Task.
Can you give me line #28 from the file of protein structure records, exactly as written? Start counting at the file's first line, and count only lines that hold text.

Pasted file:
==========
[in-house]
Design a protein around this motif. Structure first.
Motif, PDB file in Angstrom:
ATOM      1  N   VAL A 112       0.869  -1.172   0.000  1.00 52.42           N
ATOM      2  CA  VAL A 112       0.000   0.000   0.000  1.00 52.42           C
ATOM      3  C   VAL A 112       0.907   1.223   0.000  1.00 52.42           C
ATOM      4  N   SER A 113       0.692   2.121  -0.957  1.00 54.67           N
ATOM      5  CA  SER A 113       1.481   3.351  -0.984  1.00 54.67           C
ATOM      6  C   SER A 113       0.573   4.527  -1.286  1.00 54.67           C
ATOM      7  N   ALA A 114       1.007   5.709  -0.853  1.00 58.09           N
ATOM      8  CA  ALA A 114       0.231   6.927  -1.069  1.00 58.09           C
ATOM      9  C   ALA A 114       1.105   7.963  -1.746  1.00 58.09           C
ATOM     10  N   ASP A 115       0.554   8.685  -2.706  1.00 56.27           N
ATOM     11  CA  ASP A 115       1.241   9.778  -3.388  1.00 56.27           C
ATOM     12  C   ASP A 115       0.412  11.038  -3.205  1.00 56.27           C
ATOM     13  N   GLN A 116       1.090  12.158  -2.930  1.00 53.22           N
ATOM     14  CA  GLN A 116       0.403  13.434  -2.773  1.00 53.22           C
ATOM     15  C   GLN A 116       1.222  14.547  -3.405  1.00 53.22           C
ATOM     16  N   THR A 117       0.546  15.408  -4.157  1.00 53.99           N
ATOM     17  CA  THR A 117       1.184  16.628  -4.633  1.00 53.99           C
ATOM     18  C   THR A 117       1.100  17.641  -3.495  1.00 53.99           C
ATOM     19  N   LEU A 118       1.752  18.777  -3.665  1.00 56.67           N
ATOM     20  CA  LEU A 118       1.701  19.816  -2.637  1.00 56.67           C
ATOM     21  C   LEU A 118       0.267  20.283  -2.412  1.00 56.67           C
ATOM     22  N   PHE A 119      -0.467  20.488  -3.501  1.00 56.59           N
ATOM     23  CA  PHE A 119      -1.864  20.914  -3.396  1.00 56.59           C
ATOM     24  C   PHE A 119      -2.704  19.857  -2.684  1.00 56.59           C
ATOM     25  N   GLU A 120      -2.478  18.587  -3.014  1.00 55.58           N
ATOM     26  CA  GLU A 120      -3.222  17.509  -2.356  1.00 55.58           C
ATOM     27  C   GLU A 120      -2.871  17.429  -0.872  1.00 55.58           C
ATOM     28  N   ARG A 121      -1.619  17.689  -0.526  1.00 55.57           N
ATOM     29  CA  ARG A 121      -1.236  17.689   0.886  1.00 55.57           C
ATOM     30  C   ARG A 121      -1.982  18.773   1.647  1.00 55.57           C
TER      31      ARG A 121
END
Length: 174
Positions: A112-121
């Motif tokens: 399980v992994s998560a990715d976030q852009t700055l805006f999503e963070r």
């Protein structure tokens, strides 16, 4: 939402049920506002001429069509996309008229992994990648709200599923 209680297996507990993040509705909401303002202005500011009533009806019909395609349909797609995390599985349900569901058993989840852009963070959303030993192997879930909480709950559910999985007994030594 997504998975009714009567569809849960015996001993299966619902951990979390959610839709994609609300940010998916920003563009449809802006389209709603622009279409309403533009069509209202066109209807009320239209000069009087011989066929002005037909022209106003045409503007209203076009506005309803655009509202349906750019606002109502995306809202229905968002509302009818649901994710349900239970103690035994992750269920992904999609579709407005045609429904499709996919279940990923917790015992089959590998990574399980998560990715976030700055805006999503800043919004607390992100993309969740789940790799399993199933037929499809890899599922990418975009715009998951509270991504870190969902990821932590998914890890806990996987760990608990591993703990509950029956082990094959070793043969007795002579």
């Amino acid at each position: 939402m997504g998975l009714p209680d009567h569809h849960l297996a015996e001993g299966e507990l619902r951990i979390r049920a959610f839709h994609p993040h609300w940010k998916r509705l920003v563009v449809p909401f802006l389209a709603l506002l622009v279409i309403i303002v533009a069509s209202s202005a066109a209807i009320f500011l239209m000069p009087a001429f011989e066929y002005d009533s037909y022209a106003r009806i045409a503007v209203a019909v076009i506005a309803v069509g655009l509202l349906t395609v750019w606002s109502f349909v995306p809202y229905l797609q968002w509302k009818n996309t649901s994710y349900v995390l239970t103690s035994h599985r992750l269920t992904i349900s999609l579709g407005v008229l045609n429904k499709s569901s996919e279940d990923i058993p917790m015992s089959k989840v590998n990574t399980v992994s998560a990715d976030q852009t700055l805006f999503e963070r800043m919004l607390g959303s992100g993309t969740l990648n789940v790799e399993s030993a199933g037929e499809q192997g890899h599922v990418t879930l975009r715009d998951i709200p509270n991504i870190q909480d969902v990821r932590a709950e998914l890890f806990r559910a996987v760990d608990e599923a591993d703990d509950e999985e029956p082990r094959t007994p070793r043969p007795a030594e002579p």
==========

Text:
ATOM     25  N   GLU A 120      -2.478  18.587  -3.014  1.00 55.58           N